I was close to finishing the accelerated master’s program at OU in 4 years, but was a few courses short and was expecting to have to take a ninth semester to finish it up. I had crammed in some classes in my 8th semester and my grades came through as insufficient - I got like 3 C’s. I thought I was in the master’s program already and would have just been put on academic probation, but someone else didn’t see it that way. Instead, I was rejected from the master’s program. I exchanged some emails with a faculty member, but nothing resolved and I eventually stopped getting responses. My mom wasn’t very happy, but she was still supportive. I didn’t have a job or anything, since I expected I’d be in school for one more semester.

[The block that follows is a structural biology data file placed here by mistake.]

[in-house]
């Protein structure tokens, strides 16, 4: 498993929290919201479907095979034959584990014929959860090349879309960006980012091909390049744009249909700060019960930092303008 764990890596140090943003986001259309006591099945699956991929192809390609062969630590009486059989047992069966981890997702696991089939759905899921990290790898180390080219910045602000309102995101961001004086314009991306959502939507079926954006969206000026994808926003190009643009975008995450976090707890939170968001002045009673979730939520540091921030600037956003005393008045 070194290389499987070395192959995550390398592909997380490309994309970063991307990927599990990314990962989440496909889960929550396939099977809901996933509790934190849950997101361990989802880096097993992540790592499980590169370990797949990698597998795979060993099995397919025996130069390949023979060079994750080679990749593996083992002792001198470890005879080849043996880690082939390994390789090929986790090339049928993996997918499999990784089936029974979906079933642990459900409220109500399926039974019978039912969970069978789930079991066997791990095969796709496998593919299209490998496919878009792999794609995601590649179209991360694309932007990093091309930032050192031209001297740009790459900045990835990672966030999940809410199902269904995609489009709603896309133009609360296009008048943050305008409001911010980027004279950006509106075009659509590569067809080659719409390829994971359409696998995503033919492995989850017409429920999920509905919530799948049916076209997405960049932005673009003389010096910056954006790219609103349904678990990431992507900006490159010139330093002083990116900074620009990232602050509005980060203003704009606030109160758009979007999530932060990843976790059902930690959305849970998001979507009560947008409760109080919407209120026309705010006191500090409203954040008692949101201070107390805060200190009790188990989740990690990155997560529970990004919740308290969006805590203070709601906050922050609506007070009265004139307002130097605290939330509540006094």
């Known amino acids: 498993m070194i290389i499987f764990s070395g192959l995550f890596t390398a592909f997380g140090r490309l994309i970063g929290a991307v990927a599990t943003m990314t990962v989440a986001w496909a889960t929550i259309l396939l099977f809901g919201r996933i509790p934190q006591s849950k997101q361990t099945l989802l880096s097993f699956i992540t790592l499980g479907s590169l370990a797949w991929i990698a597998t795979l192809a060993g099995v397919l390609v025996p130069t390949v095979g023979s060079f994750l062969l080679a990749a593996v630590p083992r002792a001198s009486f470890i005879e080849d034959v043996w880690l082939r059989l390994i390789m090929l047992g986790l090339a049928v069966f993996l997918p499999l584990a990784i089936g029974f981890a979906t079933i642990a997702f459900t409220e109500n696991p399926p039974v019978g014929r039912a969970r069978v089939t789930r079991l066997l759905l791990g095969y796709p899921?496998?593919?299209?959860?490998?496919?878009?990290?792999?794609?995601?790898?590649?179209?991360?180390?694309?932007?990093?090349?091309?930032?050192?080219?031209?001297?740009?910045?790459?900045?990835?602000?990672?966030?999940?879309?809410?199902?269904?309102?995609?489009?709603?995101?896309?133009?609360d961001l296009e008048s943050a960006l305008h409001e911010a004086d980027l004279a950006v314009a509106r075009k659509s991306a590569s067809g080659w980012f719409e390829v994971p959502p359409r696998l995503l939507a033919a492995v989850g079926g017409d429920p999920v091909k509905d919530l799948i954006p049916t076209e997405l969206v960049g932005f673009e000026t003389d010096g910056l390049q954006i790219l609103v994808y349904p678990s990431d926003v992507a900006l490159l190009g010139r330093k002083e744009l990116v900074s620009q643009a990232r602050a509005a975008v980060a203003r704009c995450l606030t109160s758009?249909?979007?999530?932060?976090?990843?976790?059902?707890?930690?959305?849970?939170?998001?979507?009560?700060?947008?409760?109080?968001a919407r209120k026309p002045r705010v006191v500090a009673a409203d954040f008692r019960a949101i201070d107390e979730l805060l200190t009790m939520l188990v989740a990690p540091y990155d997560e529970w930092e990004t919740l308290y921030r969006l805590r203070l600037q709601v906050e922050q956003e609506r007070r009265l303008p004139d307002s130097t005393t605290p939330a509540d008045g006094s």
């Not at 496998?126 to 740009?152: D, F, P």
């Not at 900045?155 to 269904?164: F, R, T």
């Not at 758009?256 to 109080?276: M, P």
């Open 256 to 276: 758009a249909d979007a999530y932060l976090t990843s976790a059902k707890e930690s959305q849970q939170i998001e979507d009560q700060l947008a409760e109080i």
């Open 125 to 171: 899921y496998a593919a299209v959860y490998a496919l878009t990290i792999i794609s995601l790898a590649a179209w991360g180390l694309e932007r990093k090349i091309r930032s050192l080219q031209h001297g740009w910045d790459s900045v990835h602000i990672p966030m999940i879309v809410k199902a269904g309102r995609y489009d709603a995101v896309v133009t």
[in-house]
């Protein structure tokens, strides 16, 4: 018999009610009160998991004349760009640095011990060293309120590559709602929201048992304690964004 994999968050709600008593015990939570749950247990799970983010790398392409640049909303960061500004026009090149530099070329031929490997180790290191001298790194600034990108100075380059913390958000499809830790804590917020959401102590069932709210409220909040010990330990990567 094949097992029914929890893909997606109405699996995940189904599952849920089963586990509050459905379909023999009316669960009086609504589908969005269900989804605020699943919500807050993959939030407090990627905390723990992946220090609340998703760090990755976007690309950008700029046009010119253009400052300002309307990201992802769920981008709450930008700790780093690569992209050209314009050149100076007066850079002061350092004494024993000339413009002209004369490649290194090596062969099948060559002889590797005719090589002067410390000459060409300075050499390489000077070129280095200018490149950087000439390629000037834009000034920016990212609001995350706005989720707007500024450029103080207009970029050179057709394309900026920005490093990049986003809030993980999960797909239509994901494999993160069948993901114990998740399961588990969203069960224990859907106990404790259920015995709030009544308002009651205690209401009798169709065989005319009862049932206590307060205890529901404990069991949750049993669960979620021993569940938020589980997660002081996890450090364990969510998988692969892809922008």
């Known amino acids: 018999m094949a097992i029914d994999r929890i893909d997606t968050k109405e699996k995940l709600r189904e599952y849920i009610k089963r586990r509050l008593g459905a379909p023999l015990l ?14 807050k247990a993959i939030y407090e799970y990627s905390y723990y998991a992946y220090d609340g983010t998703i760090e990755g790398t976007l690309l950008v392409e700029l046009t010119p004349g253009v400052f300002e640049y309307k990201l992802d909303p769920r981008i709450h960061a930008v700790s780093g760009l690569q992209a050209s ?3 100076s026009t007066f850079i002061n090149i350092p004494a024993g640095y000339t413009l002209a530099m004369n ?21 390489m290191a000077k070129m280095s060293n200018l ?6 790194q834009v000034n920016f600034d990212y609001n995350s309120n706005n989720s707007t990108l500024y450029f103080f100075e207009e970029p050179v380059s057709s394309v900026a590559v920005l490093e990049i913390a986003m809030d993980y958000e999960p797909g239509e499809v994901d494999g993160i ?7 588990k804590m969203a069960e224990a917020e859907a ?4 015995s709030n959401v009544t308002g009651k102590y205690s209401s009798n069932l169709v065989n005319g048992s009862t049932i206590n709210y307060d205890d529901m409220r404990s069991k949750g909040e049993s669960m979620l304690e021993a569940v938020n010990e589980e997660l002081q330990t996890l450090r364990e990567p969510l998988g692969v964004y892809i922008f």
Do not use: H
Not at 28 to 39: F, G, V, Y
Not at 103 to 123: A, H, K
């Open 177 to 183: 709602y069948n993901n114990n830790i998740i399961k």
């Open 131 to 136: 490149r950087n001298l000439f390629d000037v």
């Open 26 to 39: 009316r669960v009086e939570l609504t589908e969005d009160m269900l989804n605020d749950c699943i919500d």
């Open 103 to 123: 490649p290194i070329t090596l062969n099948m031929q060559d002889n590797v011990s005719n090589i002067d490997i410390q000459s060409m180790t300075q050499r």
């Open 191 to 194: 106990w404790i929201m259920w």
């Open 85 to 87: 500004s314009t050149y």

I did a bunch of interviews, but I couldn’t get very far. I did some startup speed interviewing thing called Hirelite, where you got to talk to like 30 different startups, each one for a minute. I talked to all sorts of companies in New York and in San Francisco, and I really wanted to move to New York City. I still have all of those old emails. I eventually got connected, through Aaron, to a group of Stanford students who were going to take a break from grad school to pursue a social shopping startup. I remember taking a phone call in my kitchen and showing them What What Now and I ended up getting the job. They offered me 33k a year (starting with a 2 month trial), living in San Francisco; it was so low that my mom was suspicious - but it was something, and I was pretty intent on taking it. My friends in Norman, OK, took me out bowling as a farewell, and I still remember my friend Daniel gave me Four Loves by CS Lewis as a farewell gift (it was the book I read a few months later that encouraged me to pursue marriage). I moved to San Francisco a few weeks later and didn’t even know where I was going to stay the day I flew there. Somehow, the people I was gonna work with were able to find me an apartment, and then we were able to secure a mattress from Craigslist, all of which happened the day I arrived. My room had private rooftop access, where I would go out and play my guitar at nights. I was living in North Panhandle and would run through Golden Gate Park in the mornings; on a good day, I’d get to the Pacific Ocean or the Golden Gate Bridge. My stay was a mile away from where we all worked, in the Lower Haight.